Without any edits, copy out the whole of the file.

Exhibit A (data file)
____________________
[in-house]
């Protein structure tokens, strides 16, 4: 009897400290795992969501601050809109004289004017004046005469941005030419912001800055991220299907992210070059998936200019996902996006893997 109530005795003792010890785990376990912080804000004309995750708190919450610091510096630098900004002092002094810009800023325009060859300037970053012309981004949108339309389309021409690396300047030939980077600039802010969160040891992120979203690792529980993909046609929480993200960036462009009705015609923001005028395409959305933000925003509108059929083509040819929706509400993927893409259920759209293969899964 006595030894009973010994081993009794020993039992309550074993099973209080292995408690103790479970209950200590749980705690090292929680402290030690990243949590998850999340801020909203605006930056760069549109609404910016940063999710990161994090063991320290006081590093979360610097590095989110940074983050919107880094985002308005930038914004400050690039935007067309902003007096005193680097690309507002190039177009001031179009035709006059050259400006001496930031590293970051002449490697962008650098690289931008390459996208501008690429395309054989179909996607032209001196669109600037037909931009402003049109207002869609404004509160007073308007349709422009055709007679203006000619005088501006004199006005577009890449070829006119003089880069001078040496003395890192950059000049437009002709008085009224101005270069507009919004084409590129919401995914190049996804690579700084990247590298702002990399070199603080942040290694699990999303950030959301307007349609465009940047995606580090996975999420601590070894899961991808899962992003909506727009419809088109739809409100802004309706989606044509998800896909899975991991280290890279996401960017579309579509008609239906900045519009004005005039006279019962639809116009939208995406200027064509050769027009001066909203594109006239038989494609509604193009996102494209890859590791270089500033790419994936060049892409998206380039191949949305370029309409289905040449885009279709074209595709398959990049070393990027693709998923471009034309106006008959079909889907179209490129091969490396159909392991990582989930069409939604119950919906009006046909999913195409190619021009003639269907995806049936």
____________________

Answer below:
[in-house]
């Protein structure tokens, strides 16, 4: 009897400290795992969501601050809109004289004017004046005469941005030419912001800055991220299907992210070059998936200019996902996006893997 109530005795003792010890785990376990912080804000004309995750708190919450610091510096630098900004002092002094810009800023325009060859300037970053012309981004949108339309389309021409690396300047030939980077600039802010969160040891992120979203690792529980993909046609929480993200960036462009009705015609923001005028395409959305933000925003509108059929083509040819929706509400993927893409259920759209293969899964 006595030894009973010994081993009794020993039992309550074993099973209080292995408690103790479970209950200590749980705690090292929680402290030690990243949590998850999340801020909203605006930056760069549109609404910016940063999710990161994090063991320290006081590093979360610097590095989110940074983050919107880094985002308005930038914004400050690039935007067309902003007096005193680097690309507002190039177009001031179009035709006059050259400006001496930031590293970051002449490697962008650098690289931008390459996208501008690429395309054989179909996607032209001196669109600037037909931009402003049109207002869609404004509160007073308007349709422009055709007679203006000619005088501006004199006005577009890449070829006119003089880069001078040496003395890192950059000049437009002709008085009224101005270069507009919004084409590129919401995914190049996804690579700084990247590298702002990399070199603080942040290694699990999303950030959301307007349609465009940047995606580090996975999420601590070894899961991808899962992003909506727009419809088109739809409100802004309706989606044509998800896909899975991991280290890279996401960017579309579509008609239906900045519009004005005039006279019962639809116009939208995406200027064509050769027009001066909203594109006239038989494609509604193009996102494209890859590791270089500033790419994936060049892409998206380039191949949305370029309409289905040449885009279709074209595709398959990049070393990027693709998923471009034309106006008959079909889907179209490129091969490396159909392991990582989930069409939604119950919906009006046909999913195409190619021009003639269907995806049936």